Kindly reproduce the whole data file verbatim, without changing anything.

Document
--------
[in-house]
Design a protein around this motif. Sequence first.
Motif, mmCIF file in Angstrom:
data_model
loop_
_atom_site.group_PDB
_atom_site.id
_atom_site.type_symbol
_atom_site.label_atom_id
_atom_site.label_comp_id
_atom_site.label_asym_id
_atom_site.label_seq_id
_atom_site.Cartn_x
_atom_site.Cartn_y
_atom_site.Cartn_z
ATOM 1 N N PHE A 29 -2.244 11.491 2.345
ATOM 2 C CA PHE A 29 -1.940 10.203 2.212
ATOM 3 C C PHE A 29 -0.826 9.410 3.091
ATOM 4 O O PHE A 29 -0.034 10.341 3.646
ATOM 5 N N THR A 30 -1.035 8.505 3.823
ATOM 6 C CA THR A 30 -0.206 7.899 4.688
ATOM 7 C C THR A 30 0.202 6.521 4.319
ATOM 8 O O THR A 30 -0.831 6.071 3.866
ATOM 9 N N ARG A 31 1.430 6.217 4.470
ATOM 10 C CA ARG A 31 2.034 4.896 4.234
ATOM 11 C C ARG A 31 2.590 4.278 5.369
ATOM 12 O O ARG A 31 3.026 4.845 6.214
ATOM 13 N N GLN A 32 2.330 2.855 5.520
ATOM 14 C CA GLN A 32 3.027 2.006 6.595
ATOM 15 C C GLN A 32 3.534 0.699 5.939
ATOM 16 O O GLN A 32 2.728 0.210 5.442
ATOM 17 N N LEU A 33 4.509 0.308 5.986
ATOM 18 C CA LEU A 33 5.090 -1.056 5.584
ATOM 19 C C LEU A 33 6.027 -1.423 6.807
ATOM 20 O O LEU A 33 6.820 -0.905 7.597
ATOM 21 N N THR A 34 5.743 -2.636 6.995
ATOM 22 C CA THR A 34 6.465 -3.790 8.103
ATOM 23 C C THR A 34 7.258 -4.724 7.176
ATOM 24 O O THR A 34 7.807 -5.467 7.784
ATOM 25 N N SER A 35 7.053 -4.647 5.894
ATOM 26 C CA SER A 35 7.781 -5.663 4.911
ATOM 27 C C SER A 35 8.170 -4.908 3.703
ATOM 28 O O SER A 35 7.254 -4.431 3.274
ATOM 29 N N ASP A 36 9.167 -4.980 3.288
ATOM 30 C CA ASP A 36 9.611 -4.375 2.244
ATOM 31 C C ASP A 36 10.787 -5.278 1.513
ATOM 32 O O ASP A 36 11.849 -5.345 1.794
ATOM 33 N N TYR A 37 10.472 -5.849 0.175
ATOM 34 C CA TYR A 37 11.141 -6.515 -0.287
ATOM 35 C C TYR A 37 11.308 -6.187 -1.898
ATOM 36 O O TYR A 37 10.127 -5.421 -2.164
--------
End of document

[in-house]
Design a protein around this motif. Sequence first.
Motif, mmCIF file in Angstrom:
data_model
loop_
_atom_site.group_PDB
_atom_site.id
_atom_site.type_symbol
_atom_site.label_atom_id
_atom_site.label_comp_id
_atom_site.label_asym_id
_atom_site.label_seq_id
_atom_site.Cartn_x
_atom_site.Cartn_y
_atom_site.Cartn_z
ATOM 1 N N PHE A 29 -2.244 11.491 2.345
ATOM 2 C CA PHE A 29 -1.940 10.203 2.212
ATOM 3 C C PHE A 29 -0.826 9.410 3.091
ATOM 4 O O PHE A 29 -0.034 10.341 3.646
ATOM 5 N N THR A 30 -1.035 8.505 3.823
ATOM 6 C CA THR A 30 -0.206 7.899 4.688
ATOM 7 C C THR A 30 0.202 6.521 4.319
ATOM 8 O O THR A 30 -0.831 6.071 3.866
ATOM 9 N N ARG A 31 1.430 6.217 4.470
ATOM 10 C CA ARG A 31 2.034 4.896 4.234
ATOM 11 C C ARG A 31 2.590 4.278 5.369
ATOM 12 O O ARG A 31 3.026 4.845 6.214
ATOM 13 N N GLN A 32 2.330 2.855 5.520
ATOM 14 C CA GLN A 32 3.027 2.006 6.595
ATOM 15 C C GLN A 32 3.534 0.699 5.939
ATOM 16 O O GLN A 32 2.728 0.210 5.442
ATOM 17 N N LEU A 33 4.509 0.308 5.986
ATOM 18 C CA LEU A 33 5.090 -1.056 5.584
ATOM 19 C C LEU A 33 6.027 -1.423 6.807
ATOM 20 O O LEU A 33 6.820 -0.905 7.597
ATOM 21 N N THR A 34 5.743 -2.636 6.995
ATOM 22 C CA THR A 34 6.465 -3.790 8.103
ATOM 23 C C THR A 34 7.258 -4.724 7.176
ATOM 24 O O THR A 34 7.807 -5.467 7.784
ATOM 25 N N SER A 35 7.053 -4.647 5.894
ATOM 26 C CA SER A 35 7.781 -5.663 4.911
ATOM 27 C C SER A 35 8.170 -4.908 3.703
ATOM 28 O O SER A 35 7.254 -4.431 3.274
ATOM 29 N N ASP A 36 9.167 -4.980 3.288
ATOM 30 C CA ASP A 36 9.611 -4.375 2.244
ATOM 31 C C ASP A 36 10.787 -5.278 1.513
ATOM 32 O O ASP A 36 11.849 -5.345 1.794
ATOM 33 N N TYR A 37 10.472 -5.849 0.175
ATOM 34 C CA TYR A 37 11.141 -6.515 -0.287
ATOM 35 C C TYR A 37 11.308 -6.187 -1.898
ATOM 36 O O TYR A 37 10.127 -5.421 -2.164